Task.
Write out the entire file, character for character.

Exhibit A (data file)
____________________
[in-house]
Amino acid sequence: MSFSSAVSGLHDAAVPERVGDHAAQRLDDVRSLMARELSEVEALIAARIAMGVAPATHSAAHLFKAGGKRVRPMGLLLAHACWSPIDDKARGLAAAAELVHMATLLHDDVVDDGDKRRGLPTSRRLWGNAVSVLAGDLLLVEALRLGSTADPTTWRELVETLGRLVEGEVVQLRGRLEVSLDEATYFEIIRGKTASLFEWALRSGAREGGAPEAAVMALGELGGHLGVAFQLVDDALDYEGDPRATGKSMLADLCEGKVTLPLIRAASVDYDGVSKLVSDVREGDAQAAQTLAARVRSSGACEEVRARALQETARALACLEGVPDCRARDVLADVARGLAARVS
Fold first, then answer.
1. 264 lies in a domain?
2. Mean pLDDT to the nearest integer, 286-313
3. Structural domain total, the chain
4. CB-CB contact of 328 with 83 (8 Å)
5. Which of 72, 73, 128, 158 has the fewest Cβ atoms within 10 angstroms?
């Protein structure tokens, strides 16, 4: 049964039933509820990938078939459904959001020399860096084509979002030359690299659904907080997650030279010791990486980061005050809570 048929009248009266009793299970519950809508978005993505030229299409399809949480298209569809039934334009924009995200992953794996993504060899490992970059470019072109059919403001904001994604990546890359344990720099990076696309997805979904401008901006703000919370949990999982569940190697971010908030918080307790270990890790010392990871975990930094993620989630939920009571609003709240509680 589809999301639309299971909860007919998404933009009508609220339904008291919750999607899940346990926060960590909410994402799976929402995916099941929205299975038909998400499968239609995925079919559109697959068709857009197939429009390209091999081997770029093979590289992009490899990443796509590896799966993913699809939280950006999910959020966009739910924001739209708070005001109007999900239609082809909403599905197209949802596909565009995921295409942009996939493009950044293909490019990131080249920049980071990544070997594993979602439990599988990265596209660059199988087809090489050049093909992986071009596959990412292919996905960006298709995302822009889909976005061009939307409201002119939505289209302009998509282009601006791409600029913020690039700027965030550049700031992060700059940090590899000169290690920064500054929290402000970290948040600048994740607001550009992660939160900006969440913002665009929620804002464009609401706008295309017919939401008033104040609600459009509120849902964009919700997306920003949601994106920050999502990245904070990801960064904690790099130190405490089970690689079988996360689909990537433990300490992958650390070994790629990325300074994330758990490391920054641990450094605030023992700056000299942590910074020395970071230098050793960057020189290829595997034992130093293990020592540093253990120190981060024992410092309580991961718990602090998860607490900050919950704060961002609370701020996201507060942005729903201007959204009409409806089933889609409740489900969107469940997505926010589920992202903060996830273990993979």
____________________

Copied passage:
[in-house]
Amino acid sequence: MSFSSAVSGLHDAAVPERVGDHAAQRLDDVRSLMARELSEVEALIAARIAMGVAPATHSAAHLFKAGGKRVRPMGLLLAHACWSPIDDKARGLAAAAELVHMATLLHDDVVDDGDKRRGLPTSRRLWGNAVSVLAGDLLLVEALRLGSTADPTTWRELVETLGRLVEGEVVQLRGRLEVSLDEATYFEIIRGKTASLFEWALRSGAREGGAPEAAVMALGELGGHLGVAFQLVDDALDYEGDPRATGKSMLADLCEGKVTLPLIRAASVDYDGVSKLVSDVREGDAQAAQTLAARVRSSGACEEVRARALQETARALACLEGVPDCRARDVLADVARGLAARVS
Fold first, then answer.
1. 264 lies in a domain?
2. Mean pLDDT to the nearest integer, 286-313
3. Structural domain total, the chain
4. CB-CB contact of 328 with 83 (8 Å)
5. Which of 72, 73, 128, 158 has the fewest Cβ atoms within 10 angstroms?
């Protein structure tokens, strides 16, 4: 049964039933509820990938078939459904959001020399860096084509979002030359690299659904907080997650030279010791990486980061005050809570 048929009248009266009793299970519950809508978005993505030229299409399809949480298209569809039934334009924009995200992953794996993504060899490992970059470019072109059919403001904001994604990546890359344990720099990076696309997805979904401008901006703000919370949990999982569940190697971010908030918080307790270990890790010392990871975990930094993620989630939920009571609003709240509680 589809999301639309299971909860007919998404933009009508609220339904008291919750999607899940346990926060960590909410994402799976929402995916099941929205299975038909998400499968239609995925079919559109697959068709857009197939429009390209091999081997770029093979590289992009490899990443796509590896799966993913699809939280950006999910959020966009739910924001739209708070005001109007999900239609082809909403599905197209949802596909565009995921295409942009996939493009950044293909490019990131080249920049980071990544070997594993979602439990599988990265596209660059199988087809090489050049093909992986071009596959990412292919996905960006298709995302822009889909976005061009939307409201002119939505289209302009998509282009601006791409600029913020690039700027965030550049700031992060700059940090590899000169290690920064500054929290402000970290948040600048994740607001550009992660939160900006969440913002665009929620804002464009609401706008295309017919939401008033104040609600459009509120849902964009919700997306920003949601994106920050999502990245904070990801960064904690790099130190405490089970690689079988996360689909990537433990300490992958650390070994790629990325300074994330758990490391920054641990450094605030023992700056000299942590910074020395970071230098050793960057020189290829595997034992130093293990020592540093253990120190981060024992410092309580991961718990602090998860607490900050919950704060961002609370701020996201507060942005729903201007959204009409409806089933889609409740489900969107469940997505926010589920992202903060996830273990993979």